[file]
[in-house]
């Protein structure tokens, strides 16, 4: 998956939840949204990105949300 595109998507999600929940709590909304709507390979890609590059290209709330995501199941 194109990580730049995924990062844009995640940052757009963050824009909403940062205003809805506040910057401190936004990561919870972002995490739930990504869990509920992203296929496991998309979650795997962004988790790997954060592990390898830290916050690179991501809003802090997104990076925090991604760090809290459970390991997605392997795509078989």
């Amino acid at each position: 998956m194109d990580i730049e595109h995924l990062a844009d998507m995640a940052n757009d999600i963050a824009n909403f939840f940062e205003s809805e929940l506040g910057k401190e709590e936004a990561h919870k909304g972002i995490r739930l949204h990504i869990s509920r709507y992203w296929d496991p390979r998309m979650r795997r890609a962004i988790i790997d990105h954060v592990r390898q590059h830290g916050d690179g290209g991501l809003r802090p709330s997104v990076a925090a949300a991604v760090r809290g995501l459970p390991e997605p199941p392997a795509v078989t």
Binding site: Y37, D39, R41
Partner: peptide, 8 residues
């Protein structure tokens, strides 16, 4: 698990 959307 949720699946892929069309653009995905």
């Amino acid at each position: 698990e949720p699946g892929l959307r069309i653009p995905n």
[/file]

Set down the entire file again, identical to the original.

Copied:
[in-house]
């Protein structure tokens, strides 16, 4: 998956939840949204990105949300 595109998507999600929940709590909304709507390979890609590059290209709330995501199941 194109990580730049995924990062844009995640940052757009963050824009909403940062205003809805506040910057401190936004990561919870972002995490739930990504869990509920992203296929496991998309979650795997962004988790790997954060592990390898830290916050690179991501809003802090997104990076925090991604760090809290459970390991997605392997795509078989």
């Amino acid at each position: 998956m194109d990580i730049e595109h995924l990062a844009d998507m995640a940052n757009d999600i963050a824009n909403f939840f940062e205003s809805e929940l506040g910057k401190e709590e936004a990561h919870k909304g972002i995490r739930l949204h990504i869990s509920r709507y992203w296929d496991p390979r998309m979650r795997r890609a962004i988790i790997d990105h954060v592990r390898q590059h830290g916050d690179g290209g991501l809003r802090p709330s997104v990076a925090a949300a991604v760090r809290g995501l459970p390991e997605p199941p392997a795509v078989t």
Binding site: Y37, D39, R41
Partner: peptide, 8 residues
């Protein structure tokens, strides 16, 4: 698990 959307 949720699946892929069309653009995905």
């Amino acid at each position: 698990e949720p699946g892929l959307r069309i653009p995905n």